Billionaires’ Row

London

Property Description

At Hampstead Heath in North London lies Kenwood House. Constructed across the 17th and 18th centuries, the house now stands as a symbol of traditional British elite culture. However, only across the road lies the enormous manors built by a new elite class, decaying in a state of neglect. Nicknamed Billionaires Row, this busy road is lined with sprawling mansions complete with towering gates and maze-like gardens. Considered to be one of the wealthiest streets in the world, some of the properties are selling for as much as £65 million pounds. With their vast land often being worth far more than the property alone, many of the houses are owned by foreign investors and left uninhabited, with around twenty properties standing entirely derelict.
In the late 1970s, many of the houses were built in a range of grand styles inspired by Continental neoclassical designs and old English country houses such as Kenwood. Under Thatchers government in the early 80s, the City saw rapid economic growth and mobility with the emergence of yuppie culture. Whilst prosperous individuals may have been the original buyers of these properties, their vast size would have been too excessive to practically live in for long – being closer to hotels than homes.

The houses stand in varied states and conditions, some crumbling at surface level but internally pristine as if the owners had simply walked out one day, whilst others are in an advanced state of dereliction exposed to the elements and unwelcome visitors. Some of the secured homes await sale like glass bubbles complete with furniture unchanged in decades. Other properties have burst, torn wide open despite security dog patrols every three hours, with their condition deteriorating by the day. Swimming pools, tennis courts, and a multitude of ornaments lie in the grounds of these mansions, but they have been left to drain and moss over as nature reclaims.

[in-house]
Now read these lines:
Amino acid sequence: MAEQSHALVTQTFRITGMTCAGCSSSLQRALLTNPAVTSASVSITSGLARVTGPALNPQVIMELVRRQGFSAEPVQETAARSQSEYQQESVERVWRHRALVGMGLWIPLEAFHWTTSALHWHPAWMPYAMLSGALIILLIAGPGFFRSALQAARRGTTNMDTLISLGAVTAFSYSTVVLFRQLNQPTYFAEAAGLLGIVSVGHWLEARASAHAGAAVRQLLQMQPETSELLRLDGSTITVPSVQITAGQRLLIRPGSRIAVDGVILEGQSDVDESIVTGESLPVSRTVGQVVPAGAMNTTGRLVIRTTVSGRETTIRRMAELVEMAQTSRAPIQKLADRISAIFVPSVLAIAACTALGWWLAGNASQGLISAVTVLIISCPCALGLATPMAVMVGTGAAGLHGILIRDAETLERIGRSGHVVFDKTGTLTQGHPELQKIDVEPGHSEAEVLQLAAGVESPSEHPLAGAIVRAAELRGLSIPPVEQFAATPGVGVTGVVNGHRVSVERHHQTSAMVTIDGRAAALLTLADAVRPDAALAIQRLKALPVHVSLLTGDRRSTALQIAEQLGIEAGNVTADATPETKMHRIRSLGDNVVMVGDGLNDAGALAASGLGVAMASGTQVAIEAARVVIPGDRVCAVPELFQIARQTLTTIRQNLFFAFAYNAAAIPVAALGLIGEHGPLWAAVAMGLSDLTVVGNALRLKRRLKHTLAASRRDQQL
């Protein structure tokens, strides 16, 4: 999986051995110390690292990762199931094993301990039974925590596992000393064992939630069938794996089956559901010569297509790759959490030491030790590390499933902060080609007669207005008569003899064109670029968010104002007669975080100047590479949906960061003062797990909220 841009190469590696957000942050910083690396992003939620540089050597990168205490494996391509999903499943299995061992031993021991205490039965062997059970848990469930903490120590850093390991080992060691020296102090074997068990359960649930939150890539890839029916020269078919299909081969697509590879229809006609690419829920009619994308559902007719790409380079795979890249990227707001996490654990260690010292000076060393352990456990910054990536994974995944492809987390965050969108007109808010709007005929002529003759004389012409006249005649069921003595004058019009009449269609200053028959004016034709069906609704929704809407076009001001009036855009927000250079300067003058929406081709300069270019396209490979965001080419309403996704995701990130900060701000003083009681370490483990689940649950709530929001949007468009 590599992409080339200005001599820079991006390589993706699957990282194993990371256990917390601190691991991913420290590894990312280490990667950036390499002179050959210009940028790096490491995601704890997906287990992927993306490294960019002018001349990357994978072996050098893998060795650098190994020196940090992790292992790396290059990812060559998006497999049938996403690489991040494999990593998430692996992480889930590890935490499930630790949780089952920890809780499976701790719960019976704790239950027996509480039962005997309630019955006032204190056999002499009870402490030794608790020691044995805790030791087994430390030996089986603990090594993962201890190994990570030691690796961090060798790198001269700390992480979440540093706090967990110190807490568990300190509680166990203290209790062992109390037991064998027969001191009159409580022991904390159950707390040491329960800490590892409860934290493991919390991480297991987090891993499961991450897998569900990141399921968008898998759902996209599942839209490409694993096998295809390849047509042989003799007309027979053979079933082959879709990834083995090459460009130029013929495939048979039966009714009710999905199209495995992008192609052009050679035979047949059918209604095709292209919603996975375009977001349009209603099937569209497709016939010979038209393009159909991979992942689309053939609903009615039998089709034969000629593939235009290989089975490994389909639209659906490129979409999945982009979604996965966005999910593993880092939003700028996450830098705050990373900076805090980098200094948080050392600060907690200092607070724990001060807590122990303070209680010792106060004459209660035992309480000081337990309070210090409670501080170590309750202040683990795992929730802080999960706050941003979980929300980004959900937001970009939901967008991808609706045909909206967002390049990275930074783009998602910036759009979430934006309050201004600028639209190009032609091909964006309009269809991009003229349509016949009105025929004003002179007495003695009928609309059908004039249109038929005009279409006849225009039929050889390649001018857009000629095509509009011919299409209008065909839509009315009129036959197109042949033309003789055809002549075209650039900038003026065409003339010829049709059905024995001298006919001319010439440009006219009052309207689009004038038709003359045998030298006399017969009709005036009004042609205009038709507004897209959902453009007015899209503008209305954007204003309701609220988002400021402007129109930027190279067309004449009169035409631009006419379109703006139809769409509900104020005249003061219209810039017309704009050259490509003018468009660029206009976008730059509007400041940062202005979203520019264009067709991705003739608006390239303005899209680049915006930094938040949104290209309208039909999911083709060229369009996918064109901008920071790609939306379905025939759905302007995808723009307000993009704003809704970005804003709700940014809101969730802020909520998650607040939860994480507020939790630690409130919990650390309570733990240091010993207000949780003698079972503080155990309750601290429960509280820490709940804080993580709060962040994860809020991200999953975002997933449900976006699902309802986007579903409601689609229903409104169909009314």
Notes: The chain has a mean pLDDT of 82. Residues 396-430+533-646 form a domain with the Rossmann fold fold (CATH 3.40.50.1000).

The Bishops Avenue has attracted a lot of controversy in the midst of Britain’s housing crisis. These huge plots are being reserved as bullion by investors overseas rather than being used for what they are – as residences. Whilst it has been debated if some should be provided to the homeless, squatters have seized some properties illegally. What was once the ultimate place to live in London has now become a street of contrasts, with brand new sparkling halls standing alongside the sordid rejected ruins of the capital’s economic boom. Neighbouring roads have taken the limelight, immaculate and enclosed by private security checkpoints. With little prospects of purpose in sight, what will become of the abandoned mansions of London? For how long can their pillars hold?

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